For a country that loves to chide itself for past transgressions, I’m amazed we don’t hear more often about the eugenics movement. Here’s an exhaustive Web site dedicated to this forgotten bit of history that left over 64,000 Americans forcibly sterilized.
The idea behind eugenics was simple: Certain people weren’t as “well-born” as others and their maladies should be removed from the gene pool. Some of the era’s most-renowned scientists propagated the benefits of eugenics — which many saw as a natural progression from Darwin’s theory of evolution. Hitler took eugenics to its logical conclusion.
A 17-year-old girl named Carrie Buck was the first person forcibly sterilized in the U.S. Here‘s what happened:
Sociologist Arthur Estabrook, of the Eugenics Record Office, traveled to Virginia to testify against Carrie. He and a Red Cross nurse examined Carrie’s baby Vivian and concluded that she was “below average” and “not quite normal.” Relying on these comments, the judge concluded that Carrie should be sterilized to prevent the birth of other “defective” children.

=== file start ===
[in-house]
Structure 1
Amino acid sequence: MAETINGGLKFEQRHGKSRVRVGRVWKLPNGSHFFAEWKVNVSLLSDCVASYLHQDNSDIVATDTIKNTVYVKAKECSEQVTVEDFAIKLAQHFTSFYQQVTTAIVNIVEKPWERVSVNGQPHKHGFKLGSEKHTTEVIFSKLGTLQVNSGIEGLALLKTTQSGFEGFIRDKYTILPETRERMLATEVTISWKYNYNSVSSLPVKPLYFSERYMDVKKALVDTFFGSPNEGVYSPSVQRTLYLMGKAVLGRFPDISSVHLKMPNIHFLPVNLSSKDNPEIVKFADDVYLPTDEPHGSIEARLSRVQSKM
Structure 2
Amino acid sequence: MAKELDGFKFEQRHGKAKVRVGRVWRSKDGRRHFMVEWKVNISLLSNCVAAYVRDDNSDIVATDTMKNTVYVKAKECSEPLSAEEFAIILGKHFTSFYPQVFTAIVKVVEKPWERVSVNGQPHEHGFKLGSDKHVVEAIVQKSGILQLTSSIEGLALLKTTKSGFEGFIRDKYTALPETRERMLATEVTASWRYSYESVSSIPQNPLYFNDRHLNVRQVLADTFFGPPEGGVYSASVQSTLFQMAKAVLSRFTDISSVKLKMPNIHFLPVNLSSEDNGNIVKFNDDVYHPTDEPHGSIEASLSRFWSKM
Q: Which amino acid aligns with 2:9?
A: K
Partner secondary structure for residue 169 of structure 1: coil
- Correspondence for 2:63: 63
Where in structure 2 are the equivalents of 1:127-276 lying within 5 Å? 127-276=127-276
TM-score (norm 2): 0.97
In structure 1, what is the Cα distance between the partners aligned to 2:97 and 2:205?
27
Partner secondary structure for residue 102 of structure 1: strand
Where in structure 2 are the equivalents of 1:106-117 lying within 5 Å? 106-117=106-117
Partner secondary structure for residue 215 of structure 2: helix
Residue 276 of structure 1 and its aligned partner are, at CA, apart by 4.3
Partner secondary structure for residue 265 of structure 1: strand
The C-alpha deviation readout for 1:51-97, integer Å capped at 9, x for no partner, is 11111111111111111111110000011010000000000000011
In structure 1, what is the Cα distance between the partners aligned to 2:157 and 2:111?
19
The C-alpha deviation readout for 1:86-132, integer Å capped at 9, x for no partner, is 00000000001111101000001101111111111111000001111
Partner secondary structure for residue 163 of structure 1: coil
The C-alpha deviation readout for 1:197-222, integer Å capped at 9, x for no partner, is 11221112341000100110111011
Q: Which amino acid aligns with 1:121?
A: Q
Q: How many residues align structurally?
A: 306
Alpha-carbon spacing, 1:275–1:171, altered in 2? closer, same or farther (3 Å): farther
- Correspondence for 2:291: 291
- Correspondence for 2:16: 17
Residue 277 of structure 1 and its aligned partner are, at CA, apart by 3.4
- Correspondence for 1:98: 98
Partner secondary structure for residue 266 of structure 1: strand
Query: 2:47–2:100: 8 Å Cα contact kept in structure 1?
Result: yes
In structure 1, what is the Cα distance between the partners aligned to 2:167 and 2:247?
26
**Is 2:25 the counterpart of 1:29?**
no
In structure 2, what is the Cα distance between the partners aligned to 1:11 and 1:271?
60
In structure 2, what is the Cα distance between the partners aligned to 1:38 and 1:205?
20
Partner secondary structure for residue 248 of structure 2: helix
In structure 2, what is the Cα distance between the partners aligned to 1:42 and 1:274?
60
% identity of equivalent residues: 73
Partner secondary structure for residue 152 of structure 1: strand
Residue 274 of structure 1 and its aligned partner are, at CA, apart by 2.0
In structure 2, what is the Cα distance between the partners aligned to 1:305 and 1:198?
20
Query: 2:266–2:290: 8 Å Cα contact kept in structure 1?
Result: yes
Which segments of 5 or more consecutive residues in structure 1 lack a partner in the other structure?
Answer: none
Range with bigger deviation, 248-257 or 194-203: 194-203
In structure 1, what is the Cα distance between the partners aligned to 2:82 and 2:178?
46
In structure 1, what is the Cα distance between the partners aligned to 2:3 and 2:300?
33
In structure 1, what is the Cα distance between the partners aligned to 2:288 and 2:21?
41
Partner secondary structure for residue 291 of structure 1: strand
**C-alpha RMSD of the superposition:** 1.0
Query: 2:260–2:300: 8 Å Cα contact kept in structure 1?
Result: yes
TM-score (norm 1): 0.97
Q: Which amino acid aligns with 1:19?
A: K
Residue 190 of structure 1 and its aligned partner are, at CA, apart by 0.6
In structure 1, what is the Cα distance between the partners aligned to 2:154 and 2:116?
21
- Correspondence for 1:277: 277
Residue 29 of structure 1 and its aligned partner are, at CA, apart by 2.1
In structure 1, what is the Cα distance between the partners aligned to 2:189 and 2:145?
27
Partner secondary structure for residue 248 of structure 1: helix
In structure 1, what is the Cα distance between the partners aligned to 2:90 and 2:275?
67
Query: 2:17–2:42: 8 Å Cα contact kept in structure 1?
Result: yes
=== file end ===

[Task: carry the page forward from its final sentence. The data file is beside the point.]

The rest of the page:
The forced sterilization was challenged all the way to the Supreme Court. The court ruled in favor of the state’s right to take away a human being’s ability to reproduce. Because they thought the children would be stupid. Justice Oliver Wendell Holmes remarked: “Three generations of imbeciles are enough.”
Of course, this seems totally abhorrent today. But why not back in the 1920s? The answer seems clear to me: Because men in white lab coats and black robes told us that it was the right thing to do. Indeed, the moral thing to do. They were intellectual and enlightened. The misgivings of the public could be dismissed as ignorant rabble from the masses.
Sound familiar? In my heart of hearts, I know that it’s wrong to kill a human being by depriving her of food and water. I don’t care what some doctor, scientist or judge tells me.
Perhaps future generations will look back and wonder what we were all thinking.